The outgoing U.S. ambassador to Russia, John Tefft, has defended the expulsion of Russian diplomats from seized consular property in the United States amid an increasing strain in diplomatic ties.
In a joint interview Wednesday in Moscow with the Russian services of VOA News and Radio Free Europe/Radio Liberty, Tefft rejected statements in Russian media that the seizing of diplomatic property in San Francisco, New York and Washington was done in what Russian President Vladimir Putin called a "boorish and unprecedented" fashion.
Putin accused U.S. authorities of threatening to "break down the entrance door" of the Russian Consulate in San Francisco after Washington set a September 2 deadline for the premises to be evacuated.
"Nobody broke down doors. Nobody put undue pressure on people. It was all done very, very carefully — and, in compliance with the Vienna Conventions," Tefft said.
Speaking in China on Tuesday, Putin said, "Let's see how well the much-praised American legal system works in practice."
Russian Foreign Minister Sergei Lavrov told his U.S. counterpart, Secretary of State Rex Tillerson, in a telephone call on Wednesday that Russia had initiated legal proceedings for what was a "violation of international law."
U.S. President Donald Trump reduced Russia's consular facilities this month after the Kremlin demanded the U.S. cut its diplomatic staff in Russia to 455 people.
Russia said it was imposing the demand as a countermeasure to new U.S. sanctions over alleged Russian interference in the 2016 election and to achieve "parity" with the level of the Russian diplomatic presence in the U.S. Trump's closing of the Russian consulate and two annexes brought the number of Russian diplomatic facilities in the U.S. even with the number of U.S. facilities in Russia.
"But when we used parity to withdraw our consent for the Russian government to have a consulate in San Francisco, then everyone got all excited. And, you know, parity is parity," Tefft noted.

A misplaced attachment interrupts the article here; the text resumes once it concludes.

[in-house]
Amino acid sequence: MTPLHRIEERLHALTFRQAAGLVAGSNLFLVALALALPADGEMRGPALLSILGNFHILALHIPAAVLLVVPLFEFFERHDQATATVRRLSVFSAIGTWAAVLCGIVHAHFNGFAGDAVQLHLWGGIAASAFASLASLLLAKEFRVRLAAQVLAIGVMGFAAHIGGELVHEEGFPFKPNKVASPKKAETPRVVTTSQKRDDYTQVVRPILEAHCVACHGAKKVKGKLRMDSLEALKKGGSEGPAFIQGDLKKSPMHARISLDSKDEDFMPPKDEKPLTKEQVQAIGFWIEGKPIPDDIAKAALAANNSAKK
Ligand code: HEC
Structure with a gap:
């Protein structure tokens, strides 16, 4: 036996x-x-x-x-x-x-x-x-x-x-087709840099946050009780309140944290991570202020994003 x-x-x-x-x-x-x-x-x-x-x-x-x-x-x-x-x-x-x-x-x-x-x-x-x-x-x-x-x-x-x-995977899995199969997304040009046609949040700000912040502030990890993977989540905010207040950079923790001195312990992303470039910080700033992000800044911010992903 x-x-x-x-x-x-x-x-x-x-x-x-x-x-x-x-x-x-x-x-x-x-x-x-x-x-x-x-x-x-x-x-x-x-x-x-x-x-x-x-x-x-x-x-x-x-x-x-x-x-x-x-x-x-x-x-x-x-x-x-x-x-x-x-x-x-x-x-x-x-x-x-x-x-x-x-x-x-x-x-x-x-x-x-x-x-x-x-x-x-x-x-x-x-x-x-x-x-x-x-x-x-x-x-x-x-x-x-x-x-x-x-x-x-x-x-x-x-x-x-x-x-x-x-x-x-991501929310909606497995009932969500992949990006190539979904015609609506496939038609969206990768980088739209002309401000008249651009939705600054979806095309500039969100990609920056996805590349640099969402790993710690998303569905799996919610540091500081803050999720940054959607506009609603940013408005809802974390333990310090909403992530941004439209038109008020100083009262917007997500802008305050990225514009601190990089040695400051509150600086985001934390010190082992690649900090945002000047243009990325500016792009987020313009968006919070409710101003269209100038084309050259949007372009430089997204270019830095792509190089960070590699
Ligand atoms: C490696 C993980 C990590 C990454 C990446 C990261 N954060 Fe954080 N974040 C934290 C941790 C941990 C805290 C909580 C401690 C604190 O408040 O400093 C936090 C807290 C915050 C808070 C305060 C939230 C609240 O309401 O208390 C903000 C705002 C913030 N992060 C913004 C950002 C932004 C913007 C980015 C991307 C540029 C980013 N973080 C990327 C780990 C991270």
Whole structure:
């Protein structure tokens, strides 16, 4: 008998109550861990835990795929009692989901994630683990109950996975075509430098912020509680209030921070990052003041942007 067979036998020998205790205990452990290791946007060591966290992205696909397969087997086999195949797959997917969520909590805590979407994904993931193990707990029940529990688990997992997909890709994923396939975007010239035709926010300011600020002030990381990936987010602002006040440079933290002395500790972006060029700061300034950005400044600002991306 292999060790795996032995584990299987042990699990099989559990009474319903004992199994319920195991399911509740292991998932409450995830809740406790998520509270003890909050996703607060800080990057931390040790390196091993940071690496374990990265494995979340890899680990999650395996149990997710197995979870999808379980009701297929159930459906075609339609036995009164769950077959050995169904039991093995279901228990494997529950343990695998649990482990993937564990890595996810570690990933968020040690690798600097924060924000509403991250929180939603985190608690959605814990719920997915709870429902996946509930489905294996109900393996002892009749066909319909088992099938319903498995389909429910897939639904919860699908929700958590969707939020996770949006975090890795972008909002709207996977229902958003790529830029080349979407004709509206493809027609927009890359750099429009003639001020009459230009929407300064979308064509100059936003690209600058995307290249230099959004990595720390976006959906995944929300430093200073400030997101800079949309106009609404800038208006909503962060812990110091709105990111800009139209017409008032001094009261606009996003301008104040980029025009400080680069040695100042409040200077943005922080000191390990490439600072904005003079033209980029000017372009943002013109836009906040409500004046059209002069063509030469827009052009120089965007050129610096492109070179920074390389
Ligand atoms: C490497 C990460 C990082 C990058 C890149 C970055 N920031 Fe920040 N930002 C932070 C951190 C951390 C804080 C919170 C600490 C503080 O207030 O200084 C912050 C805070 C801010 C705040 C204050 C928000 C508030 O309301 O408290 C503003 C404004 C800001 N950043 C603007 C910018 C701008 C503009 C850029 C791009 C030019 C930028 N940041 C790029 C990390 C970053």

Tefft: Reduction not voluntary
Russia's Foreign Ministry gave conflicting statements, implying that the U.S. had voluntarily reduced its staff, a notion also rejected outright by Tefft.
However, Tefft said in the interview that it was false to suggest that Washington "negotiated or somehow signed on to the idea of reducing our staff."
"We were told to do that. That was not something that was negotiated," he said.
Russian officials say they are considering how to respond to the reduction of their U.S. consular facilities.
Despite the downward spiraling diplomatic relations, Tefft has urged Russia to join U.S. allies in Asia and Western governments in pressuring North Korea to end its nuclear weapons program.
"While the focus, at this point, is on the United States, I noted one of the earlier missiles a few weeks ago, you know, landed 60 kilometers off of Vladivostok in the water," Tefft said. "This is a regional and now becoming a global threat. It's not just against the United States, it's against all of us.
"One of the things that Secretary Tillerson and Foreign Minister Lavrov agreed, when they saw each other here in March, was that the United States and Russia both believed the Korean Peninsula should be non-nuclear.That's a fundamental which we can work on," Tefft added.
Regular talks seen continuing
The U.S. ambassador said there had been regular consultations between U.S. and Russian experts on North Korea and that he expected more in the next few weeks.
"Now, getting forward, we've got to try to find the best tactics to do this. But we need strong efforts by Russia and China if we're all going to be successful," he said.
Tefft is expected to leave Russia this year and be succeeded by Trump appointee Jon Huntsman, a former U.S. ambassador to China.
VOA's Danila Galperovich contributed to this report.